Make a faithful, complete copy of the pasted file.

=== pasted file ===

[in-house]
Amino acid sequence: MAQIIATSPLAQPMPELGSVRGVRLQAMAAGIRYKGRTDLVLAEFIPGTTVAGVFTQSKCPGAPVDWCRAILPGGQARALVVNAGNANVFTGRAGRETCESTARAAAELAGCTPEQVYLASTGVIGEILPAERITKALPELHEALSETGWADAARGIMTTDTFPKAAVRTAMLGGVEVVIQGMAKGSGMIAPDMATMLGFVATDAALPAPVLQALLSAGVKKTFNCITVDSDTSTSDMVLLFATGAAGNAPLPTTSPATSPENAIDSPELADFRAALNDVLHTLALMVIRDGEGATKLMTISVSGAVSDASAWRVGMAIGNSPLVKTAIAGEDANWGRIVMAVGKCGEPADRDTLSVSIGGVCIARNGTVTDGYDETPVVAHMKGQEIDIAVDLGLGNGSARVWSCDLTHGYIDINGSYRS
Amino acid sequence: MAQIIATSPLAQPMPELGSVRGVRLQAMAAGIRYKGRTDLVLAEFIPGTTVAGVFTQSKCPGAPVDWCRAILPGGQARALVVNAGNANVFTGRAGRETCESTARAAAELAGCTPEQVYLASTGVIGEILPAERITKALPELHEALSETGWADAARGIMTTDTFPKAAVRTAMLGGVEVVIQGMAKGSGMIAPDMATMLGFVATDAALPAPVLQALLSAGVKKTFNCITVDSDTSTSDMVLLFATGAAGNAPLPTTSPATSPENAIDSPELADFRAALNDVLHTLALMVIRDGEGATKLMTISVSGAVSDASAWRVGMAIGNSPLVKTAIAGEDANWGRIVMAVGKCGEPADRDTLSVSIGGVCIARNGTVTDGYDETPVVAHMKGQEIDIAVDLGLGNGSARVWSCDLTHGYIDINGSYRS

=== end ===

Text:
[in-house]
Amino acid sequence: MAQIIATSPLAQPMPELGSVRGVRLQAMAAGIRYKGRTDLVLAEFIPGTTVAGVFTQSKCPGAPVDWCRAILPGGQARALVVNAGNANVFTGRAGRETCESTARAAAELAGCTPEQVYLASTGVIGEILPAERITKALPELHEALSETGWADAARGIMTTDTFPKAAVRTAMLGGVEVVIQGMAKGSGMIAPDMATMLGFVATDAALPAPVLQALLSAGVKKTFNCITVDSDTSTSDMVLLFATGAAGNAPLPTTSPATSPENAIDSPELADFRAALNDVLHTLALMVIRDGEGATKLMTISVSGAVSDASAWRVGMAIGNSPLVKTAIAGEDANWGRIVMAVGKCGEPADRDTLSVSIGGVCIARNGTVTDGYDETPVVAHMKGQEIDIAVDLGLGNGSARVWSCDLTHGYIDINGSYRS
Amino acid sequence: MAQIIATSPLAQPMPELGSVRGVRLQAMAAGIRYKGRTDLVLAEFIPGTTVAGVFTQSKCPGAPVDWCRAILPGGQARALVVNAGNANVFTGRAGRETCESTARAAAELAGCTPEQVYLASTGVIGEILPAERITKALPELHEALSETGWADAARGIMTTDTFPKAAVRTAMLGGVEVVIQGMAKGSGMIAPDMATMLGFVATDAALPAPVLQALLSAGVKKTFNCITVDSDTSTSDMVLLFATGAAGNAPLPTTSPATSPENAIDSPELADFRAALNDVLHTLALMVIRDGEGATKLMTISVSGAVSDASAWRVGMAIGNSPLVKTAIAGEDANWGRIVMAVGKCGEPADRDTLSVSIGGVCIARNGTVTDGYDETPVVAHMKGQEIDIAVDLGLGNGSARVWSCDLTHGYIDINGSYRS